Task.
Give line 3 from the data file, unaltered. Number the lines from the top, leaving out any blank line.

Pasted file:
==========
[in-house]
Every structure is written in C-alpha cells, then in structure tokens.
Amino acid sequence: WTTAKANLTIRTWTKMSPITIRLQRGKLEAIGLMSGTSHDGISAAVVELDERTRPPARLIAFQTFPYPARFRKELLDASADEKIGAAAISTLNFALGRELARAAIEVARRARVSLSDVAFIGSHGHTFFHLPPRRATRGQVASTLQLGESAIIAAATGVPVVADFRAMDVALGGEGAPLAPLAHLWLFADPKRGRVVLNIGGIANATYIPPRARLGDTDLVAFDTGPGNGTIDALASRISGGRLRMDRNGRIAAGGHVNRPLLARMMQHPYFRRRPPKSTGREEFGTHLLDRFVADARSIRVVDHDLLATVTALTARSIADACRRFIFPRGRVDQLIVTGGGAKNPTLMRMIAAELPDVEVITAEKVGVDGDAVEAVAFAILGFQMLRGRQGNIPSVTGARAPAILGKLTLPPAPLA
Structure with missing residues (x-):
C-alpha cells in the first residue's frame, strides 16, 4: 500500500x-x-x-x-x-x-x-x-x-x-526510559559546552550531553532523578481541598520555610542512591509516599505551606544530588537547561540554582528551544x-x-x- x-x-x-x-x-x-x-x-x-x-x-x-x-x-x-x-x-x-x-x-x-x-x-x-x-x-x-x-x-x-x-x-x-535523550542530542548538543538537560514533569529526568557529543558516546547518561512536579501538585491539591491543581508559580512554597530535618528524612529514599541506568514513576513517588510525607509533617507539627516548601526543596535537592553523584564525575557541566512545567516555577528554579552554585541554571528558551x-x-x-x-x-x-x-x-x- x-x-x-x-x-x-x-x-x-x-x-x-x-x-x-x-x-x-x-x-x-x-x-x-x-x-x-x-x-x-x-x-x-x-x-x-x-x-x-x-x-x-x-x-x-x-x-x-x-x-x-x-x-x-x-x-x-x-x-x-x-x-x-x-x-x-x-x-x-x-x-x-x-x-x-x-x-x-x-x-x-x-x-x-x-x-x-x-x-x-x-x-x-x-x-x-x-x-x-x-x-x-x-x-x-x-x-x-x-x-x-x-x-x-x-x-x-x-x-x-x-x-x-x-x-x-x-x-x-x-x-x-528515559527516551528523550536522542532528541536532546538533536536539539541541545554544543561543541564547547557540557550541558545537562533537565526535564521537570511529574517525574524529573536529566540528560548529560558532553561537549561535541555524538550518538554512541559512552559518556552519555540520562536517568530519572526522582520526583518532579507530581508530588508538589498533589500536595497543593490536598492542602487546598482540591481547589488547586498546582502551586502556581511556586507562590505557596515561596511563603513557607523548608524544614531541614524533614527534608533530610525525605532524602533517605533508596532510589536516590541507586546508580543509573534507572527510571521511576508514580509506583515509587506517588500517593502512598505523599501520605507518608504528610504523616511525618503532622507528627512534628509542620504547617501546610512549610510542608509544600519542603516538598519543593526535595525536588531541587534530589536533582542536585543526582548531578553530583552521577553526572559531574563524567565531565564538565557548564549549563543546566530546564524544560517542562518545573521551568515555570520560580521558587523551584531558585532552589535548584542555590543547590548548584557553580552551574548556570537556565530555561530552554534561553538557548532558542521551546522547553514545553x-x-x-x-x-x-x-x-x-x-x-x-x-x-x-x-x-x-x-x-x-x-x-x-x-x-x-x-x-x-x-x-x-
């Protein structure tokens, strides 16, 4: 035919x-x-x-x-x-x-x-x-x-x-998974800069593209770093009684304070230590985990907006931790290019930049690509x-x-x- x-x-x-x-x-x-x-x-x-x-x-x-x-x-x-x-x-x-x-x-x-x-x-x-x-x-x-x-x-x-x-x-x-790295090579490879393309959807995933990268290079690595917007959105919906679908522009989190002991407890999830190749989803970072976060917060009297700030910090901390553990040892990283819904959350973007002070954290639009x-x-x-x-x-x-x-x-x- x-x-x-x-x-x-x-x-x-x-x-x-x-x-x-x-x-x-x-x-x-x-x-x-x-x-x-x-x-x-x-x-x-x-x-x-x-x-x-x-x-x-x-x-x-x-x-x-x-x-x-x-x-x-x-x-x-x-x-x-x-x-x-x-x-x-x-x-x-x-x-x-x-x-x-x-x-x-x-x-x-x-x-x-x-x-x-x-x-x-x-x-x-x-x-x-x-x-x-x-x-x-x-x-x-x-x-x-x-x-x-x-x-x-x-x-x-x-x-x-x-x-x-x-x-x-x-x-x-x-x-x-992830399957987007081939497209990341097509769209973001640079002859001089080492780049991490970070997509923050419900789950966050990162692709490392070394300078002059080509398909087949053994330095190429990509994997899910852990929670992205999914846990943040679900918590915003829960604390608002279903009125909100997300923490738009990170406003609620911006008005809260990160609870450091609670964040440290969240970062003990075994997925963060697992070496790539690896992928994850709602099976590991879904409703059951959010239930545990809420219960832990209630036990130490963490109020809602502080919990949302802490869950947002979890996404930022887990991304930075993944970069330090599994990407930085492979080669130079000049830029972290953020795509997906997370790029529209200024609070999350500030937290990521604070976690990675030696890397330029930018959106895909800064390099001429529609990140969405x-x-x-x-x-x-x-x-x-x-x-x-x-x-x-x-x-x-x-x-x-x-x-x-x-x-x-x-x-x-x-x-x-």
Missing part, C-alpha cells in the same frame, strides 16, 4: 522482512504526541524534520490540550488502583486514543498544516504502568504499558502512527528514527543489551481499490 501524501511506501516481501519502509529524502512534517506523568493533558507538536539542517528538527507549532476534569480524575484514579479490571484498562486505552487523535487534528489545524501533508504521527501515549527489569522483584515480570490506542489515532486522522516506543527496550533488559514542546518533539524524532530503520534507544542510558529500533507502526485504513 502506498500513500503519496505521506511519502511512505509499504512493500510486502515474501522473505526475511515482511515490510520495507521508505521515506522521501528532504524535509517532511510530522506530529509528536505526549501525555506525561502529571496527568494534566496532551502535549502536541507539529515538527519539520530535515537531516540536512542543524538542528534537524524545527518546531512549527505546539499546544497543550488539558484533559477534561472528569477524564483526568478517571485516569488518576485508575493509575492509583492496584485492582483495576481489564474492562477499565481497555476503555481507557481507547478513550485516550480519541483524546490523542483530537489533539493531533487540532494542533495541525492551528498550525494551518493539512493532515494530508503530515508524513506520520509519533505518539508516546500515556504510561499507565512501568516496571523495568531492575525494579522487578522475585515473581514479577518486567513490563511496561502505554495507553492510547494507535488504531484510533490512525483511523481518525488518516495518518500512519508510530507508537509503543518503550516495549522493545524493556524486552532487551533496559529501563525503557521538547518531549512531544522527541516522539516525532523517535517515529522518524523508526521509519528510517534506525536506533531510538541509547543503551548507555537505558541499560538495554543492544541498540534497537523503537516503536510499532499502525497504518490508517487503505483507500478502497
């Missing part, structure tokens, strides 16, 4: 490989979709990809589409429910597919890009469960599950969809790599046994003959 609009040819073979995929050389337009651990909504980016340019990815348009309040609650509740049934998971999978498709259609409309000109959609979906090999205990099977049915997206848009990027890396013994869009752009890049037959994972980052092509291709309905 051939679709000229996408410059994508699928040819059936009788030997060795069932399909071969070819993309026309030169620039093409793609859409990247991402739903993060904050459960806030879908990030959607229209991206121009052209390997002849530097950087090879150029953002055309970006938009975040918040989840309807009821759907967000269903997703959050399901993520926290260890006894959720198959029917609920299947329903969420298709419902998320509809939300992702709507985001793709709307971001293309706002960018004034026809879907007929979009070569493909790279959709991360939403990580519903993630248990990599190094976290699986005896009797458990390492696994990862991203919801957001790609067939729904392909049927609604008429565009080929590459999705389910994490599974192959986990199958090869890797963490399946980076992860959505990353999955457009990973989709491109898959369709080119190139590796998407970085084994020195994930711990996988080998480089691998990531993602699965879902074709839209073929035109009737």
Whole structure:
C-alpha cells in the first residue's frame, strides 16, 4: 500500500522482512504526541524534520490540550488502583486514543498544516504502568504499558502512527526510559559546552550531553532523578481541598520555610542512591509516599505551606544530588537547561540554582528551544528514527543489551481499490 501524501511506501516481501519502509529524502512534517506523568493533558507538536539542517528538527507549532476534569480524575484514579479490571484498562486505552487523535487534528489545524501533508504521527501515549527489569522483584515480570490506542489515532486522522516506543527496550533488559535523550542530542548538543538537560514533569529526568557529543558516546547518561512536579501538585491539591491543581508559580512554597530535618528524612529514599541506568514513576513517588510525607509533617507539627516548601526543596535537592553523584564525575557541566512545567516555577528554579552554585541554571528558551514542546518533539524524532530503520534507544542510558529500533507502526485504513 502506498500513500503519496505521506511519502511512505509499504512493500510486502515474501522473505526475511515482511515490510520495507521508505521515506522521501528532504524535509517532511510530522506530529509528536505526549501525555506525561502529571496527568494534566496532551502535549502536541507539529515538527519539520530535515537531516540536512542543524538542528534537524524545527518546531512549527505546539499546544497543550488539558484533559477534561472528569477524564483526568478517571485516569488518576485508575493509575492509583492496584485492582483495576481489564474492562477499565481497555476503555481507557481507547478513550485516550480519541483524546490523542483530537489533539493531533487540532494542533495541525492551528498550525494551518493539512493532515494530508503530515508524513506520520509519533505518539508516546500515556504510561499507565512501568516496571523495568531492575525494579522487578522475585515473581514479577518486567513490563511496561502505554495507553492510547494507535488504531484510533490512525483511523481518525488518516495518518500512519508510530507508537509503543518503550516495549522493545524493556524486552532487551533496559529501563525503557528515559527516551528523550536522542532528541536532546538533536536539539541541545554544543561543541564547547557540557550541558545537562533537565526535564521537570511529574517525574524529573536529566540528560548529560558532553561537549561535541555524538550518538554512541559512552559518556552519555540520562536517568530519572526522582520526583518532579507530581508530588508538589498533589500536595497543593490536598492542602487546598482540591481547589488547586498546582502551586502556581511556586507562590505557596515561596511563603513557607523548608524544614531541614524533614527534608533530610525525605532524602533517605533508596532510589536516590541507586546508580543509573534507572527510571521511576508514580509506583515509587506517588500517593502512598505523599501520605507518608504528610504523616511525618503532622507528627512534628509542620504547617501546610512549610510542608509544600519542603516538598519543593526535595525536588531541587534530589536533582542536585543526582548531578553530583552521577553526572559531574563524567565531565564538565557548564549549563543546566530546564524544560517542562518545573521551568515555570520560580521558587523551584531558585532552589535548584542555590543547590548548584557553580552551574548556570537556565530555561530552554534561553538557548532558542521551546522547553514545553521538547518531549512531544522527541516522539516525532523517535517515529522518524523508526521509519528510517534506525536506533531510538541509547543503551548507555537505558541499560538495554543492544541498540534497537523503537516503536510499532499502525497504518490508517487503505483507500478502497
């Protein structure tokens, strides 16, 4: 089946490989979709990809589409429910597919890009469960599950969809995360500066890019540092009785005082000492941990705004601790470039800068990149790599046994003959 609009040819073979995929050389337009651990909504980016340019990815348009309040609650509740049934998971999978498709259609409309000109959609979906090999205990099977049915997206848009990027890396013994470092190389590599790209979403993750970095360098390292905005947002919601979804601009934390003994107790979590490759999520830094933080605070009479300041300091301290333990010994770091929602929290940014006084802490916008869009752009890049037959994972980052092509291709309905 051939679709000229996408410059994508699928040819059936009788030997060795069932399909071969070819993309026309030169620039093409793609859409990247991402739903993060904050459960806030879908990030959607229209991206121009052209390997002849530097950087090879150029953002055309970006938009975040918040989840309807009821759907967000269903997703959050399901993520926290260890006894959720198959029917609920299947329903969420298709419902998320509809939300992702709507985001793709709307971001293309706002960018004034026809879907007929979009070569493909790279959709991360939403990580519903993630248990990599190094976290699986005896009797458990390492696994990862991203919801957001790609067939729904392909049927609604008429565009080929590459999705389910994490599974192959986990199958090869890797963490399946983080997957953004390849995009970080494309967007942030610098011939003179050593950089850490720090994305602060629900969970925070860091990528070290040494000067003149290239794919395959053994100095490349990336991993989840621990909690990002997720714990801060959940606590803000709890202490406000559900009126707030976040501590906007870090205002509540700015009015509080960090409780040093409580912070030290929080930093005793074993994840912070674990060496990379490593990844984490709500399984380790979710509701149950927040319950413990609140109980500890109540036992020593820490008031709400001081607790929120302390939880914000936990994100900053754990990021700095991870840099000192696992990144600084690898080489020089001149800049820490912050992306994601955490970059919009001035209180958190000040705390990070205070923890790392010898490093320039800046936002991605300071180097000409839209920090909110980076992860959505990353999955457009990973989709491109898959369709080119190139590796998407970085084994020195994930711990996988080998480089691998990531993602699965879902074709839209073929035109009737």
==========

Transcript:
Amino acid sequence: WTTAKANLTIRTWTKMSPITIRLQRGKLEAIGLMSGTSHDGISAAVVELDERTRPPARLIAFQTFPYPARFRKELLDASADEKIGAAAISTLNFALGRELARAAIEVARRARVSLSDVAFIGSHGHTFFHLPPRRATRGQVASTLQLGESAIIAAATGVPVVADFRAMDVALGGEGAPLAPLAHLWLFADPKRGRVVLNIGGIANATYIPPRARLGDTDLVAFDTGPGNGTIDALASRISGGRLRMDRNGRIAAGGHVNRPLLARMMQHPYFRRRPPKSTGREEFGTHLLDRFVADARSIRVVDHDLLATVTALTARSIADACRRFIFPRGRVDQLIVTGGGAKNPTLMRMIAAELPDVEVITAEKVGVDGDAVEAVAFAILGFQMLRGRQGNIPSVTGARAPAILGKLTLPPAPLA